(In the clip below, Mancini conducts his orchestra in a medley of The Pink Panther, Baby Elephant Walk, and Peter Gunn (plus, it's a rare opportunity to see and hear Mancini play flute and piccolo.)


  1. I just heard the "Peter Gunn" theme on the radio yesterday and was reminded how fantastic it is. Mancini's contribution to film and music is extremely important. And - the joy he has brought us is immeasurable. Thanks for a great post and tribute!

    1. Hey here, but I just saw on Twitter this awesome script of an intro from Henry Mancini on Elton John from @HenryMancini. Anyone know where to get a clip of this show on YouTube or somewhere?

  2. There's one piece of music of his called "Lujon" that I just love. Definitely worth a listen.

  3. Rick, I was blessed to be able to be in RCA'S studio B in "The Music Center Of The World in Hollywood in the early 7o's with Mancini. It was a dream come true.RCA had a wall of all of his Lp's and it was huge.I still have at least 20 of his Lp's. One of my true musical heroes.

  4. I just went to youtube to listen to a segment from "The Thorn Birds" again. It was as lovely as I remembered. What a wonderful tribute, Rick. And, Paul, I loved reading your post, too.

  5. Paul, it's always interesting to learn about your music career and now to discover that you knew Mancini. Way cool! Toto, "The Thorn Bords" is one of my fave Mancini pieces. MovieNut, I checked out "Lujon" on YouTube--very nice! FlickChick, the PG Theme is what inspired this post. I forgot to mention another Mancini favorite: the little-known THIEF WHO CAME TO DINNER from the Ryan O'Neal film of the same title. Very heavy on the electronic sound, but with some unexpected trumpets.

  6. I've always loved the music Mancini did for the John Wayne film shot mostly in Africa, HATARI.

    Great post.

  7. When my daughter was a young flute student she asked what we would like to hear. "Mancini" we told her. "Mancini" she learned. "Mancini" she loves.

    A couple of my favourite scores are "Experiment in Terror" and "The Great Mouse Detective", although there is nothing of his that I don't like.

  8. Thanks for a very nice look back on the career and music of Henry Mancini, Rick. "Mr. Lucky" has been running through my head lately - have always loved it, but I can't think of anything Mancini did that I didn't like. His music was so emblematic of the mood and style of late '50s through mid-'60s. Some of my favorite films that he scored from that era - "Breakfast at Tiffany's," "Charade," "The Pink Panther."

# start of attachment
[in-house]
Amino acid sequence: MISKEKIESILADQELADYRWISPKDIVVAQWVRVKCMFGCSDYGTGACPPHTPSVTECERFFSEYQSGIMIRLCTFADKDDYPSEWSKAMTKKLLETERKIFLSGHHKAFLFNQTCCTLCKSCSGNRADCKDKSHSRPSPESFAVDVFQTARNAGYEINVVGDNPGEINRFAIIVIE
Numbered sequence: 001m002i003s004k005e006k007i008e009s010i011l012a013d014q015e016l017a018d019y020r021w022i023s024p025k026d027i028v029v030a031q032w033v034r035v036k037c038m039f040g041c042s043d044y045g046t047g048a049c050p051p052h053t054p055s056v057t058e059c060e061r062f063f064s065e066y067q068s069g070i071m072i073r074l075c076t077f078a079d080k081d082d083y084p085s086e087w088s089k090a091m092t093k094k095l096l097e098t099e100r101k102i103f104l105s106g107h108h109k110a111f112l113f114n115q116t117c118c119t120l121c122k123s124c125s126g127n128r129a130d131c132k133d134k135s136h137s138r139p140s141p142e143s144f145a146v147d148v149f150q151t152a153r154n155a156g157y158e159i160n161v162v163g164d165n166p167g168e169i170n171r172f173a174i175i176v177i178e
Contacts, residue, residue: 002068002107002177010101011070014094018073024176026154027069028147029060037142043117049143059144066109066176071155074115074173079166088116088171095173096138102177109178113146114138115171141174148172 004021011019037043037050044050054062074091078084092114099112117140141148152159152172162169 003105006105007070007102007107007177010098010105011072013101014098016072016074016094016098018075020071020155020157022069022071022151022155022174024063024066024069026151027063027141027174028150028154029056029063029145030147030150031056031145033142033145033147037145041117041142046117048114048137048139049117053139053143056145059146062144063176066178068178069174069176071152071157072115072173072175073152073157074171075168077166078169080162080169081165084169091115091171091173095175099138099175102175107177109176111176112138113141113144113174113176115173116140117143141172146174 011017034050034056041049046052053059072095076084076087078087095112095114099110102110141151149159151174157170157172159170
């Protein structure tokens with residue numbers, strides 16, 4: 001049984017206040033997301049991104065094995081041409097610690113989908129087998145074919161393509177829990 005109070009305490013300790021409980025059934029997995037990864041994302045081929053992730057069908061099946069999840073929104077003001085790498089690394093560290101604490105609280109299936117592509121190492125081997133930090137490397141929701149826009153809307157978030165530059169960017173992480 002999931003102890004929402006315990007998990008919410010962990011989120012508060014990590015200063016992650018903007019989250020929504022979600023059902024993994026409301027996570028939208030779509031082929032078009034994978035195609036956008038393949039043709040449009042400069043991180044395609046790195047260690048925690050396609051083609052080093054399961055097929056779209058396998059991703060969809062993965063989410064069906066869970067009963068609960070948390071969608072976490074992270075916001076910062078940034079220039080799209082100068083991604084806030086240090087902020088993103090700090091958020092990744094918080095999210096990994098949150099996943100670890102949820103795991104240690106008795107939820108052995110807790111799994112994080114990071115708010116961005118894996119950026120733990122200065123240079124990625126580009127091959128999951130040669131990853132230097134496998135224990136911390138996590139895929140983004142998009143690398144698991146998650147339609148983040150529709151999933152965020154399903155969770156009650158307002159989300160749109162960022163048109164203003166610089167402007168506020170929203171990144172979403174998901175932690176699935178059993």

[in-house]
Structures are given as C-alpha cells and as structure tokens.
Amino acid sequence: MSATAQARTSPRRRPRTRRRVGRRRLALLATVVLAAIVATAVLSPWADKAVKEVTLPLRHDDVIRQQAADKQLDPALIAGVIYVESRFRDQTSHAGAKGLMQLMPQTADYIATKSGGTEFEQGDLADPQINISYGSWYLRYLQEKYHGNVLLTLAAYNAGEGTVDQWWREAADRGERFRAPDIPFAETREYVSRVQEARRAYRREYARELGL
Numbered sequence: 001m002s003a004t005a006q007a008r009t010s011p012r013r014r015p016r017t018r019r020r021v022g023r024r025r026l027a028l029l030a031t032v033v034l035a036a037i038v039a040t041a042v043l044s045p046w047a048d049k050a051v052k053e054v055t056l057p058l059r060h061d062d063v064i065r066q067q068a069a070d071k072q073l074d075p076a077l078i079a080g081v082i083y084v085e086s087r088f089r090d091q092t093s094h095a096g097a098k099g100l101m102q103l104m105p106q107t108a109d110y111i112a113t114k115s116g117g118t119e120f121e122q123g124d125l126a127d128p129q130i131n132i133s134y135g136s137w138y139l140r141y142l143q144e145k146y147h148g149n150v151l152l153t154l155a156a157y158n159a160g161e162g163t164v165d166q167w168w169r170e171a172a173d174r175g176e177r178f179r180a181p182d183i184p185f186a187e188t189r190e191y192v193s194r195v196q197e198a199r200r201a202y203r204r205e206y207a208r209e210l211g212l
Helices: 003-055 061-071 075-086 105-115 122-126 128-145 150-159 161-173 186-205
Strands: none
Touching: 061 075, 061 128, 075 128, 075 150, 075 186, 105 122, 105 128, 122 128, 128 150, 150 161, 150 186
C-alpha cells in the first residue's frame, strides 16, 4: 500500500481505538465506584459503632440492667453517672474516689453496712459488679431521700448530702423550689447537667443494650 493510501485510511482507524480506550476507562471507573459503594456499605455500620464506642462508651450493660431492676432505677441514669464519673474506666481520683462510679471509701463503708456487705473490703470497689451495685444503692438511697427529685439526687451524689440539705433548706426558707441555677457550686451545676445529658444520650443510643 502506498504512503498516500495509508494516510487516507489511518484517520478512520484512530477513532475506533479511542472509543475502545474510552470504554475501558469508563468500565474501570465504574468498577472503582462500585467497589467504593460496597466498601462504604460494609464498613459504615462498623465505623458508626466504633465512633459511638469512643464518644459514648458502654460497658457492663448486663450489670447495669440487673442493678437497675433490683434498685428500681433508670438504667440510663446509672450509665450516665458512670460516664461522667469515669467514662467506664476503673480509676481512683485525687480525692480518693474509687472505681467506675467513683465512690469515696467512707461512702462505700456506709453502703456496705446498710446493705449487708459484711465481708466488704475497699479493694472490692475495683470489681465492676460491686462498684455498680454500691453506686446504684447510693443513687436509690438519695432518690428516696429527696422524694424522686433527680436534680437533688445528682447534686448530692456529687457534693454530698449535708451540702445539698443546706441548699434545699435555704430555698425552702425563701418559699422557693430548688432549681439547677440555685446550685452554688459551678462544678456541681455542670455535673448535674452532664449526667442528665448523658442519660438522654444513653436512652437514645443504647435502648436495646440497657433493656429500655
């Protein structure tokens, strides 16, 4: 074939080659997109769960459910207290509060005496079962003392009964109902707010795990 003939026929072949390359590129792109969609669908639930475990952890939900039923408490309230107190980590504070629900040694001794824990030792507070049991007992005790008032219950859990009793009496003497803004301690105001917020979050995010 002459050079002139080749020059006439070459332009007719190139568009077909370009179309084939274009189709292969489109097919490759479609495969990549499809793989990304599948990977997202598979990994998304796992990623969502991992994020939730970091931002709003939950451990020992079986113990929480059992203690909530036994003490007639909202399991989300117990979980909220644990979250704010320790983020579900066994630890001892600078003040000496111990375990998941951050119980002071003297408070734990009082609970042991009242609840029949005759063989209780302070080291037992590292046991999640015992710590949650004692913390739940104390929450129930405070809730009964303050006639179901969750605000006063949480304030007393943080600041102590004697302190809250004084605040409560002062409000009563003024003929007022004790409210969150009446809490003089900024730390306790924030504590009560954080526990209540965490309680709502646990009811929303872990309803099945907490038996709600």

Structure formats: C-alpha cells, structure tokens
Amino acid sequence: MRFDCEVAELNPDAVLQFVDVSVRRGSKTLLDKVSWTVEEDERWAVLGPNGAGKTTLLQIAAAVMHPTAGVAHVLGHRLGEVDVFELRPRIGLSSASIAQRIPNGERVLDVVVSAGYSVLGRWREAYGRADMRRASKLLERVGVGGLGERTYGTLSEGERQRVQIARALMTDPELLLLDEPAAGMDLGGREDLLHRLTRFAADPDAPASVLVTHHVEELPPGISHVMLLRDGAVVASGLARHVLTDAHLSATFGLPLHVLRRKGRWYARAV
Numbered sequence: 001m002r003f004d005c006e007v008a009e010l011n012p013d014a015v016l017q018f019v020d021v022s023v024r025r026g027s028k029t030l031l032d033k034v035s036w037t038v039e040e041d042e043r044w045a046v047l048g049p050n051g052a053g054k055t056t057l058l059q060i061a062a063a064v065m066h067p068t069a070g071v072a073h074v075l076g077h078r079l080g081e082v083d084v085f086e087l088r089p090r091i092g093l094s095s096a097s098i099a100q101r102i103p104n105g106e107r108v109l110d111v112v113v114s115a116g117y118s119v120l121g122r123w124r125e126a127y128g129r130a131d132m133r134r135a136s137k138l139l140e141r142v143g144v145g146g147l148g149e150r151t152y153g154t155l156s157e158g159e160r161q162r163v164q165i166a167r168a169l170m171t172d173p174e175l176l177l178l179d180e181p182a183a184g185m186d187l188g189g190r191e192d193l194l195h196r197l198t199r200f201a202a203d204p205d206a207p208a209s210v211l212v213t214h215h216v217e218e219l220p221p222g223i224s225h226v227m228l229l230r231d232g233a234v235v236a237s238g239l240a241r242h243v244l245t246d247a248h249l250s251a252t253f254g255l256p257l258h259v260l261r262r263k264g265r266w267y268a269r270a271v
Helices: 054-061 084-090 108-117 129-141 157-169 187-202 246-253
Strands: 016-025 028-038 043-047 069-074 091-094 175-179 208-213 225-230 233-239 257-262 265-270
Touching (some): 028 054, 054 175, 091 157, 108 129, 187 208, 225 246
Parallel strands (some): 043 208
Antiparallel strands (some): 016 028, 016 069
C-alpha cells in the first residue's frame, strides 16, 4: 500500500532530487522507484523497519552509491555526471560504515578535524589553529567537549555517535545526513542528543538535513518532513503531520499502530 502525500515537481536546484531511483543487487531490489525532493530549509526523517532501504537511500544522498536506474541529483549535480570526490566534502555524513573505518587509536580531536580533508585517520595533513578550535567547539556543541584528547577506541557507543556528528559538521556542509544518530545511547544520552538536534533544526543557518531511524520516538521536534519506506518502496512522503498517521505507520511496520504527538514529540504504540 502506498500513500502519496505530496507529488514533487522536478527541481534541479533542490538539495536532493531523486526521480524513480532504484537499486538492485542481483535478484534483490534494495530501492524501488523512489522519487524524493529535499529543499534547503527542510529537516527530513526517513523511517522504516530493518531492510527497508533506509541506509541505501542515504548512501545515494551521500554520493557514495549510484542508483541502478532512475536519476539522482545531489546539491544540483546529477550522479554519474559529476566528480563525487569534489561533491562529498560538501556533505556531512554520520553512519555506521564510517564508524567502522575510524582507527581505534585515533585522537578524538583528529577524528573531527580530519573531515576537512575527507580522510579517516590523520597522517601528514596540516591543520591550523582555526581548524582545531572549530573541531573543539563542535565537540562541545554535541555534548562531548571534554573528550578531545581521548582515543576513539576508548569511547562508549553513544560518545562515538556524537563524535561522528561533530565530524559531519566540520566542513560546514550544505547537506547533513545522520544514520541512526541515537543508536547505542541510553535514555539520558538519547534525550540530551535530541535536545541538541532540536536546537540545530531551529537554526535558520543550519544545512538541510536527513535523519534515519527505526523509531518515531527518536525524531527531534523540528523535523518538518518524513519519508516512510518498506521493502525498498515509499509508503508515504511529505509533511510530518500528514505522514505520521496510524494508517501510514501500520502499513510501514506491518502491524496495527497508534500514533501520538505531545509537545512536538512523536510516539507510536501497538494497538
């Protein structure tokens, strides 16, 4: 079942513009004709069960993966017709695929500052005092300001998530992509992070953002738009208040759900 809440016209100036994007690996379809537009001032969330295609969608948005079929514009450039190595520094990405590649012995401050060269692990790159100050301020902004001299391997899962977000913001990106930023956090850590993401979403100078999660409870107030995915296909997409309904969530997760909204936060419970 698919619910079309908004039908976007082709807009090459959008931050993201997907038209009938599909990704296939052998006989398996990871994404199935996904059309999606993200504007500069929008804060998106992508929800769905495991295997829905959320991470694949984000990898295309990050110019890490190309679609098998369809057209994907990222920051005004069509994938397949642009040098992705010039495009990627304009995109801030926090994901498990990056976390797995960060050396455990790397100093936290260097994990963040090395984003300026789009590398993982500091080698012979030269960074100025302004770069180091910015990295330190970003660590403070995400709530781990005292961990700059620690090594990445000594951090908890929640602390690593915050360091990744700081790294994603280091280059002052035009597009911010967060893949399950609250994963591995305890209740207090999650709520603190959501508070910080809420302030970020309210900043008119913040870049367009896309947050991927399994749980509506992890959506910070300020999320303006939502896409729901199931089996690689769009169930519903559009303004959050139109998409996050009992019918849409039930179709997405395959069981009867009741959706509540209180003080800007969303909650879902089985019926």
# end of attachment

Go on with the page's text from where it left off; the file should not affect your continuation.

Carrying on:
You made an excellent choice for composer of the month.

  9. Rick, Awesome post to one of my favorite composers of all time. Now, I will be thinking about "The Pink Panther." theme song for the rest of the day....


  10. Rick, did Henry Mancini ever compose a bad score? :-) If I was forced to pick only a handful of favorite Mancini scores, I'd pick CHARADE, THE PINK PANTHER, ARABESQUE, PETER GUNN, and BREAKFAST AT TIFFANY'S. I recently caught up with "Lujon," too -- wonderful stuff, especially for a hot date! :-) Great post!

  11. My favorite Mancini score may be one of his later efforts, "Lifeforce" which is one of the best scores ever written for a science fiction movie. The end title is one of the all-time best.

    Also very fond of "Victor/Victoria", and as much as I like the songs, they don't seem to fit into the time period of the film. They sound like modern songs instead of 1930s songs. But I don't mind because they're so good.

  12. I have to agree with Kevin about Lifeforce. I love that score so much. I am a big fan of the Pink Panther music too.